Uncertainty follows the resignation of county commissioner
Ann Arbor representative Conan Smith stepped down from the Washtenaw County Board of Commissioners Tuesday evening to seek a bid for a new position with the county: director of community and economic development. His resignation was effective Saturday.
Smith wrote in a resignation letter posted on his Facebook account outlining his plans to join the Office of Community and Economic Development and focus on issues of inequality in the county. After facing pressure from county residents, he acknowledged a potential conflict of interest in maintaining his position as a commissioner while actively seeking the directorship.
“The challenge is that the person who hires for that job, the County Administrator, is in turn responsible directly to the Board of Commissioners,” he wrote. “I felt that it would wrong to be in the position of both asking the Administrator for a job and simultaneously exercising power over his job.”
Under new state laws amended in 2013, the board has the power to appoint a county resident up to 30 days after Smith’s resignation. A public notice has been posted on the county’s website outlining the application process for District 9 residents interested in filling the vacancy.
Ed Golembiewski, Washtenaw County director of elections, said in an interview with the Daily that no special election would be held if the board does not appoint an interim commissioner.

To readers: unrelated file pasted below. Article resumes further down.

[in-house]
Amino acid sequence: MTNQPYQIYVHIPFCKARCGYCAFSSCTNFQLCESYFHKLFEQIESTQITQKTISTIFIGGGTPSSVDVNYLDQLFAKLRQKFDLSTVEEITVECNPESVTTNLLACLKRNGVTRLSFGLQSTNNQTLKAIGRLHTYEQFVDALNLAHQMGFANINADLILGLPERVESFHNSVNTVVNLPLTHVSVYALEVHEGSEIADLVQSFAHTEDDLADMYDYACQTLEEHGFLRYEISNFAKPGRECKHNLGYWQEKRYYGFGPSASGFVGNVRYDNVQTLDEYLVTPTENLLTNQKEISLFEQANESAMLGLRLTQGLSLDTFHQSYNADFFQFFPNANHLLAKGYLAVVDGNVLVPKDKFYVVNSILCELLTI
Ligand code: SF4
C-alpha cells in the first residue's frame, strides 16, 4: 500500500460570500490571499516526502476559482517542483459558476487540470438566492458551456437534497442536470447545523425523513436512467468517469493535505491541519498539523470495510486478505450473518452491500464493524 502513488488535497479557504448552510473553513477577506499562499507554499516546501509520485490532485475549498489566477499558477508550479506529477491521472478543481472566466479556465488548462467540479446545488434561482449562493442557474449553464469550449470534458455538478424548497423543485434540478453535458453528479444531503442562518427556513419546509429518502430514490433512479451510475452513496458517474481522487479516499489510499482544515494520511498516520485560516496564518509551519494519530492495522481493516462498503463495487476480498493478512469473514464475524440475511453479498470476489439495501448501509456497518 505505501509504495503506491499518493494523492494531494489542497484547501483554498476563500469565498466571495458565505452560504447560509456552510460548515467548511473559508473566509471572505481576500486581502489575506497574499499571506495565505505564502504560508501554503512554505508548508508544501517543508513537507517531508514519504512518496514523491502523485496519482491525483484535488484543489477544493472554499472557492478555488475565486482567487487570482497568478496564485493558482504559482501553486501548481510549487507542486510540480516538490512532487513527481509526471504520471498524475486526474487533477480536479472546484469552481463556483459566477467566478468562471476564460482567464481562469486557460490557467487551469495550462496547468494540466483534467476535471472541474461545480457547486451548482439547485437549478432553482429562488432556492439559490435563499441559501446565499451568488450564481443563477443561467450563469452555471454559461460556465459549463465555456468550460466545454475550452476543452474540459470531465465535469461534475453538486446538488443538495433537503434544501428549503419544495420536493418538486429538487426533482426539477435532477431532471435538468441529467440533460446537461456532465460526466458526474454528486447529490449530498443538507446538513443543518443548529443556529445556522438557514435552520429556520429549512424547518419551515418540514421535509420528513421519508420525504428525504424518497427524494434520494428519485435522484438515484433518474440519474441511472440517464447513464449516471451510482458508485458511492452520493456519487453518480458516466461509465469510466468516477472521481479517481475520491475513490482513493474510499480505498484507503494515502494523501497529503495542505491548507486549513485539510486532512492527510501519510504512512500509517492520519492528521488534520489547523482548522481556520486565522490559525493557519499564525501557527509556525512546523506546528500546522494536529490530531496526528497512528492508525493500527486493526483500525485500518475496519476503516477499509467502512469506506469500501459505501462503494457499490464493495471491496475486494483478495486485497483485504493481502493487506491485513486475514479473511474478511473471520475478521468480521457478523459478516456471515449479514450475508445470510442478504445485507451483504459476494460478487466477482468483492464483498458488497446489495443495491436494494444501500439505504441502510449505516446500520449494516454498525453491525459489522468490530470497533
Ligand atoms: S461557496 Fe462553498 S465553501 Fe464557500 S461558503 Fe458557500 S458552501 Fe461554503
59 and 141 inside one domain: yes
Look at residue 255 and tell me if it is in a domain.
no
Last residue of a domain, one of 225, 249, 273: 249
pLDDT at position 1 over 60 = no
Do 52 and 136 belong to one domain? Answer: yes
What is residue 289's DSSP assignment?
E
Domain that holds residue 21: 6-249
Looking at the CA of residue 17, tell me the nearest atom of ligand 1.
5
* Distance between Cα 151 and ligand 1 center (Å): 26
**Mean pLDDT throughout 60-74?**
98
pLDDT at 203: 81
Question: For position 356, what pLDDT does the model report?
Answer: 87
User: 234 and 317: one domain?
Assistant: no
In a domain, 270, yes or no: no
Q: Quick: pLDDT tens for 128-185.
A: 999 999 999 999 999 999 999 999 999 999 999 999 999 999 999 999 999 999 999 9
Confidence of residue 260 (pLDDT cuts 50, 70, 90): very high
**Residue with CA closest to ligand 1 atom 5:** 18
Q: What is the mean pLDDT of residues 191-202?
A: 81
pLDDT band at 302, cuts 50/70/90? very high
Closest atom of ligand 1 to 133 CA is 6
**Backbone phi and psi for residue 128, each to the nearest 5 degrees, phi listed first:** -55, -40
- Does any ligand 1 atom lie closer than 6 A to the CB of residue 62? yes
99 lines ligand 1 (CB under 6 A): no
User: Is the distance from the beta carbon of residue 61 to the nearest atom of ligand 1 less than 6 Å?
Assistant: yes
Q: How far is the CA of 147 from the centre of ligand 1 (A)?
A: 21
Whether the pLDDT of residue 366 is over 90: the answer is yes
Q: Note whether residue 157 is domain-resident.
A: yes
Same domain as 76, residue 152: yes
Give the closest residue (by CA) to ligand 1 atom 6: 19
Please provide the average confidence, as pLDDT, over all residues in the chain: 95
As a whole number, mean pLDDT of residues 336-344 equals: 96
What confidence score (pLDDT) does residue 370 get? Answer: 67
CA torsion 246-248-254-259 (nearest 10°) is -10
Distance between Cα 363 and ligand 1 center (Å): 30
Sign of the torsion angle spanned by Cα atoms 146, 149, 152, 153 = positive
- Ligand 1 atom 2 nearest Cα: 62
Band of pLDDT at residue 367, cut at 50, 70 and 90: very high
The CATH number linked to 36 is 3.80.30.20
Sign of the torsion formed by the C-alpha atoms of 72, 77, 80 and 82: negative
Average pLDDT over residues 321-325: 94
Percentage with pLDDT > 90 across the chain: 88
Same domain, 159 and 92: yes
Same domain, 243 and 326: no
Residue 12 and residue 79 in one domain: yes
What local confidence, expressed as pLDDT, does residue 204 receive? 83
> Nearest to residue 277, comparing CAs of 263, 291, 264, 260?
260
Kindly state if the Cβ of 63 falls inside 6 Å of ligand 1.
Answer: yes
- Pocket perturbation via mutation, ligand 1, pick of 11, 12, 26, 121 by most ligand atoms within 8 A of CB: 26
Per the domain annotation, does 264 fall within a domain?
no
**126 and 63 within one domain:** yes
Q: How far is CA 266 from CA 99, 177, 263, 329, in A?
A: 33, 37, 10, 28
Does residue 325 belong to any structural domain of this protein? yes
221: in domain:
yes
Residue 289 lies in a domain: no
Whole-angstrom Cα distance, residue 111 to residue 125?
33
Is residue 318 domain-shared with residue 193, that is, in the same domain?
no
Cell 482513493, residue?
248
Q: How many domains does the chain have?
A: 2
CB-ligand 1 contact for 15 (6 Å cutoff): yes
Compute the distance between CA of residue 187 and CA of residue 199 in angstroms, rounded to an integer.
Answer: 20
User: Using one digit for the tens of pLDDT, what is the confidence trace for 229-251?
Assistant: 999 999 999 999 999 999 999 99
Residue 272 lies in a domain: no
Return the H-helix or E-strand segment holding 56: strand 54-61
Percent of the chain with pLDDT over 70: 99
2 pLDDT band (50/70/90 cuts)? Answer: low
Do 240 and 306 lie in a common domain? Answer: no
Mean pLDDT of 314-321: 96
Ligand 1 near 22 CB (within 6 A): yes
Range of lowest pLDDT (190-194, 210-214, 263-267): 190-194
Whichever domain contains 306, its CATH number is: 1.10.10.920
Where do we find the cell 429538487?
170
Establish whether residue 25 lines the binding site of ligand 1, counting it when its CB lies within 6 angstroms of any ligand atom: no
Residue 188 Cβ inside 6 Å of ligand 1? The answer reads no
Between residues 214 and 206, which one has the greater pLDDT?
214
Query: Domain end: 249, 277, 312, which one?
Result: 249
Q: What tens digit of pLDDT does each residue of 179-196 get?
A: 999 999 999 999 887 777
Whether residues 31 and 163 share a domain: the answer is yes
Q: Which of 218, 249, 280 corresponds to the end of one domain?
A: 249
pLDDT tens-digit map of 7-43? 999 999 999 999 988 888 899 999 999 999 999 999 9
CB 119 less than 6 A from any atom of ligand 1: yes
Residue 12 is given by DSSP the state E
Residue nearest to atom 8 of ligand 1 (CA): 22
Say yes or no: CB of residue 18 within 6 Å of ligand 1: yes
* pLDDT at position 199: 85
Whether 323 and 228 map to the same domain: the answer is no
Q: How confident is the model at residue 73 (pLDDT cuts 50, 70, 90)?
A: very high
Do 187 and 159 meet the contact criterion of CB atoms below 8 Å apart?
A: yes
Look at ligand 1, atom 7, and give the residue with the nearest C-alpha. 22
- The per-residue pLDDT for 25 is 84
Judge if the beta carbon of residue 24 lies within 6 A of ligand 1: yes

“Commissioner Smith’s term expires at the end of the year, on December 31st. There wouldn’t be sufficient time for a special election to be held between now and that date,” he said. “I know the board is taking resumes right now to appoint to fill the vacancy.”
Smith, however, is also still up for reelection as a commissioner in November — there is no Republican nominee currently on the ballot — creating the possibility of another vacancy on the board in 2017. If no write-in candidate defeats Smith and OCED chooses to hire him, the board will be forced to hold a special election to fill the position.
This flurry of decisions has come within the last two weeks, creating a period of political flux in county government. OCED has not maintained a permanent director for more than a year, multiple county commissioners are competing in state representative races and Washtenaw County is still in a months-long process of finding a permanent county administrator — the position Smith referred to in his resignation letter.
An Aug. 15 letter from Ann Arbor resident Mary Morgan to the BOC, now made available to the public, expressed concern that Smith had not revealed his plans to resign until the same day of the OCED application deadline. Morgan is also known in the community as the executive director of the CivCity Initiative — a nonprofit based in Ann Arbor dedicated to increasing civic engagement in the community — and former publisher of The Ann Arbor Chronicle.
“If he intended to make no announcement until after the Nov. 8 election, it would prevent even a write-in challenger from running for the District 9 seat,” she wrote. “It is an obvious ethical problem when an official seeks a publicly funded, highly compensated staff job while still in a position of power and authority over the person responsible for hiring that job.”
Golembiewski explained that if Smith had not disclosed his bid for the OCED position, voters may not have necessarily been informed of the decision.
“There’s no legal mechanism for office to do any communication other than what’s on the ballot,” he said.